From the Member Sections | The Transformative Power of Technology in Medical Education

The Transformative Power of Technology in Medical Education

Medical technology can no longer be dismissed as an "idea for the future." It is an integral component of current health care. With advancements such as artificial intelligence, enhanced ECG, 3D-printed prosthetics and tumor-targeting nanoparticles, both diagnosis and treatment of disease are rapidly evolving. To ensure that future physicians can deliver the best available patient care – especially in low- and middle-income countries (LMICs) like Pakistan with a growing disease burden – it is essential to integrate health care technology education into the medical school curriculum. Unfortunately, Pakistan's medical education system is failing to increase awareness of technology in tomorrow's physicians.

Coming from a family of doctors and as a third-year medical student, I've often pondered tech-hesitancy in Pakistan's medical education and health care systems. My exposure to health care technology in medical school is limited to brief introductions during lectures, which rarely, if ever, include discussion of recent advancements. In contrast, during high school, when I had the opportunity to study genetics in a pre-college program at Smith College in the U.S., I obtained hands-on experience performing polymerase chain reaction (PCR) testing on various samples. I found performing the test myself to be one of the program highlights because it piqued my curiosity and helped me better appreciate how PCR works. I believe such practical experiences are far superior to traditional classroom learning.

Not integrating health care technology into the curriculum of medical schools across Pakistan is common, according to a survey I circulated among students and recent graduates of 13 medical schools. Their responses revealed that most medical schools do not even have access to learning technology such as simulation mannequins and virtual reality, despite their potential to radically improve students' visualization and understanding of complex anatomical structures. Consequently, the strong tech-hesitancy in the medical education system is not only preventing students from learning about potential technological solutions to health care problems, but also compromising the development of a better understanding of medical concepts.

Like many other LMICs, Pakistan is struggling with a high burden of communicable, noncommunicable and mental health diseases. The resource-constrained health care system is struggling to keep up with the needs of the exponentially increasing population.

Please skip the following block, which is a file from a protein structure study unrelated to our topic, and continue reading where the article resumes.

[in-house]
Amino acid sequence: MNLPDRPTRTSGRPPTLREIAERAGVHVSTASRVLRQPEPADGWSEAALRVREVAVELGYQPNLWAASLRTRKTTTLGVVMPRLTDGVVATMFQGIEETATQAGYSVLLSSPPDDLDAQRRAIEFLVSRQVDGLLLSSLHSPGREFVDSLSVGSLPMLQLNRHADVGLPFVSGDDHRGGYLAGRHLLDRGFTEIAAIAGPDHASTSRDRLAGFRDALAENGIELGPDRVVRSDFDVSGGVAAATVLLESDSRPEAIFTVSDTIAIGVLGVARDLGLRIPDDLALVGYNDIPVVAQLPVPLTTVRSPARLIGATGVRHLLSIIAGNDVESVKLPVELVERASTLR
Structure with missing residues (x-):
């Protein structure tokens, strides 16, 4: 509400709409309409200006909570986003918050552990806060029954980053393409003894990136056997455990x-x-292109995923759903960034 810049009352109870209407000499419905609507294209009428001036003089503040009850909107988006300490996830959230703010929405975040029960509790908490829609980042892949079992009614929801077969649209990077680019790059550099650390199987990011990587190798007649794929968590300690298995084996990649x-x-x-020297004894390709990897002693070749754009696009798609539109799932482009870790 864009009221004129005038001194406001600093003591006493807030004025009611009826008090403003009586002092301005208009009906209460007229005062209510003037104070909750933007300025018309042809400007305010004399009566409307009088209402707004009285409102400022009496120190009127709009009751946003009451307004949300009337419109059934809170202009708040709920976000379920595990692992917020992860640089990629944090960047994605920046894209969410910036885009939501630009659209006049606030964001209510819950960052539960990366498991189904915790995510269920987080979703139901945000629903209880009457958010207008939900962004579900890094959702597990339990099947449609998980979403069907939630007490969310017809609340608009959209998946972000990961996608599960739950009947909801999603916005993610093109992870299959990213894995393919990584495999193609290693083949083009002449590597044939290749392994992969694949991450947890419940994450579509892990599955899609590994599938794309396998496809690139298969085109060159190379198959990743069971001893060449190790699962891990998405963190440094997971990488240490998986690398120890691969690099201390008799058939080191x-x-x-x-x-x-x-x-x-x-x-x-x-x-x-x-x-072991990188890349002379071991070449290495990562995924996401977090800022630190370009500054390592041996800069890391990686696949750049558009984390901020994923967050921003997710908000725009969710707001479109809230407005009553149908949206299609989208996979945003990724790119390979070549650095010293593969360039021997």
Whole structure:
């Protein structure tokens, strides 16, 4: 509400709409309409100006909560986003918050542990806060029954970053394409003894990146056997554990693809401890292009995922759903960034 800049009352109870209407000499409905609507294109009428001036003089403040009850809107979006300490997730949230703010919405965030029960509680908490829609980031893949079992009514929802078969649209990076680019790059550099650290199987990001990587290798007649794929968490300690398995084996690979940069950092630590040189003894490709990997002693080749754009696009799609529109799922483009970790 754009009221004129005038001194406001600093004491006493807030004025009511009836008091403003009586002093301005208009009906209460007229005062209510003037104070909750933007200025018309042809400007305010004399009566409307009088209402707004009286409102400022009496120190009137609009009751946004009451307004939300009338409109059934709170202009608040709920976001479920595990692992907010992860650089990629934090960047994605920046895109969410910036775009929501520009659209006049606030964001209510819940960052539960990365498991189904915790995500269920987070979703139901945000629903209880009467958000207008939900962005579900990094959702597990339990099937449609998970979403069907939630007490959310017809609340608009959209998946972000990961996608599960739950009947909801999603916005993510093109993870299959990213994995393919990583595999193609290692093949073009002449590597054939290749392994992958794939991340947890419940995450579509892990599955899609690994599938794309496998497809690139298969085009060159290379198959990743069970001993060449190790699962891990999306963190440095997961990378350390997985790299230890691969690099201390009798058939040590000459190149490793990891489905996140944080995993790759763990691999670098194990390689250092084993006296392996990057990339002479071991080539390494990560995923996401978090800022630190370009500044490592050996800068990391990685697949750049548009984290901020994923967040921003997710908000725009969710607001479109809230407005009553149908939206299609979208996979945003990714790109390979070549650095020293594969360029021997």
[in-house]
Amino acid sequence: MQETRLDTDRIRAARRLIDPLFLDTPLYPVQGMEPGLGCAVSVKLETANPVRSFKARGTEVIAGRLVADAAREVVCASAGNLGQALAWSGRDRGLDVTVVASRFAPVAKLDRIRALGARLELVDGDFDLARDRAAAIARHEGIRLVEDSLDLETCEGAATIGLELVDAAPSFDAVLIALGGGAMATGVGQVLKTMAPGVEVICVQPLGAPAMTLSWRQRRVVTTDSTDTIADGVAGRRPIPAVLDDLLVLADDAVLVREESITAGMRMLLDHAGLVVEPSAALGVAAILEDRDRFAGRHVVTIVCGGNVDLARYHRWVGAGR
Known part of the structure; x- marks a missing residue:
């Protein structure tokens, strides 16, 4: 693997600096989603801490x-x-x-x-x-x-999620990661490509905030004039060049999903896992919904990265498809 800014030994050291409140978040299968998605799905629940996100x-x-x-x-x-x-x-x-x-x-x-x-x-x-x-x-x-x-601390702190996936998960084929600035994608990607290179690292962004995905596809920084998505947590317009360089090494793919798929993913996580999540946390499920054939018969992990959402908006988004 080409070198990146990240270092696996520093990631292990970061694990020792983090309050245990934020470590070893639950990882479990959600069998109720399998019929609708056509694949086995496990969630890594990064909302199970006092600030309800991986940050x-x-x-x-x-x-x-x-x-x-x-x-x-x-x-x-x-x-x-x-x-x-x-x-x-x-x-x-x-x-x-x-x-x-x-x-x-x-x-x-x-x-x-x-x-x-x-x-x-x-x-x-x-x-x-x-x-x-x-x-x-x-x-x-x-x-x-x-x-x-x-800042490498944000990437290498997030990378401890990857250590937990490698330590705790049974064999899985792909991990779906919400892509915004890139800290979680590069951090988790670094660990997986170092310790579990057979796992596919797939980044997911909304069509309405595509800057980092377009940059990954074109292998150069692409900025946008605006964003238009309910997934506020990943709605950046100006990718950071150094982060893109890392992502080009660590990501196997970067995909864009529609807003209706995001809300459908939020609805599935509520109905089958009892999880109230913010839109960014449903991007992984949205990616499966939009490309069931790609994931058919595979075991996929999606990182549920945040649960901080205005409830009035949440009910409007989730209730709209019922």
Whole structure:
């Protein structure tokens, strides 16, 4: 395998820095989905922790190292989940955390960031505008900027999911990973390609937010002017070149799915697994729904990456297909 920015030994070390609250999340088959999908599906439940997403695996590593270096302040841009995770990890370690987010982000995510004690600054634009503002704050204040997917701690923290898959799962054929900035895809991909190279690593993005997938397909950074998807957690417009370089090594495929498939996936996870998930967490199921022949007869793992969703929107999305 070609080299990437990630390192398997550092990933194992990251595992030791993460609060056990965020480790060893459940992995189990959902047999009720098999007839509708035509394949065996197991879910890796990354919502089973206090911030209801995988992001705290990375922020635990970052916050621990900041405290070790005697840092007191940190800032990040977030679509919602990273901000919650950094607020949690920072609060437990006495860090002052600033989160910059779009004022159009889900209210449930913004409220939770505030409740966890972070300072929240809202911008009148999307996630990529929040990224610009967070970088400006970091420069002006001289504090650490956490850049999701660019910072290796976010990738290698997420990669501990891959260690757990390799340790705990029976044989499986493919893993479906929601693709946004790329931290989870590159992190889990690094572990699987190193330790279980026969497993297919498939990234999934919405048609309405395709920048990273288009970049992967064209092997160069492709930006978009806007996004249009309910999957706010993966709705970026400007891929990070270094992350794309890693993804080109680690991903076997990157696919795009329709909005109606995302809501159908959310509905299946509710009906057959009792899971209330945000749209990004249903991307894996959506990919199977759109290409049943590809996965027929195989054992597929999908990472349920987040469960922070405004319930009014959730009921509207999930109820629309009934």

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Delayed diagnoses, substandard infectious disease surveillance and inadequate access to treatment are some of the problems to be addressed urgently. Clinicians have a pivotal role to play in devising these solutions.

I have witnessed some truly inspiring examples of doctors using technology to address these contemporary health care problems. During my first year of medical school, Yasmin Rashid, MD, alumnus of my medical school and Provincial Minister of Health for Punjab, shared in a talk that when she learned about the prevalence of undiagnosed beta thalassemia major in Pakistan, she took it upon herself to bring screening tools for prenatal testing of thalassemia to Pakistan and, with the help of her colleagues, established a prenatal screening program. Her efforts serve as a great example of how a single person with initiative as well as knowledge and access to technology can touch the lives of thousands.

Similarly, a nonprofit organization, Darul Qalb, recently trained students from my medical school to use available technology to screen for subclinical rheumatic heart disease (RHD) in underprivileged children. RHD is a vastly underdiagnosed and underreported endemic disease in Pakistan. Darul Qalb is working towards obtaining accurate statistics about the disease's prevalence and establishing screening programs for its early diagnosis in children. I was deeply moved by the selfless efforts of Darul Qalb's members to create an impact.

Given the potential of technology to revolutionize health care in Pakistan, it is imperative that medical schools incorporate knowledge about modern technology into its curriculum. In addition, medical schools need to provide hands-on training. Courses such as Point-of-Care Ultrasound (POCUS) can significantly enhance students' awareness of technology. It's crucial to increase their interest in technology solutions, including through innovation competitions that allow medical students to work with biomedical engineers to devise solutions to contemporary problems.

Along with changes at the institutional level, medical students should be aware that as future physicians, their skillset and initiatives will impact the lives of millions. Students need to seize every available opportunity to further their understanding of health care technology. Only then can they hope to create a meaningful positive change in the health care scenario of Pakistan today and tomorrow.

Rija Khalid

This article was authored by Rija Khalid, a third-year medical student at Fatima Jinnah Medical University in Lahore, Pakistan, and a member of ACC's Medical Students Section. Learn more about the Medical Students Section (and other ACC Member Sections) at

Clinical Topics: Cardiovascular Care Team

Keywords: ACC Publications, Cardiology Magazine, Artificial Intelligence, Developing Countries, Exploratory Behavior, Students, Curriculum, Virtual Reality, Cardiology, Cardiologists, Health Services Accessibility, Communicable Diseases, Cost of Illness

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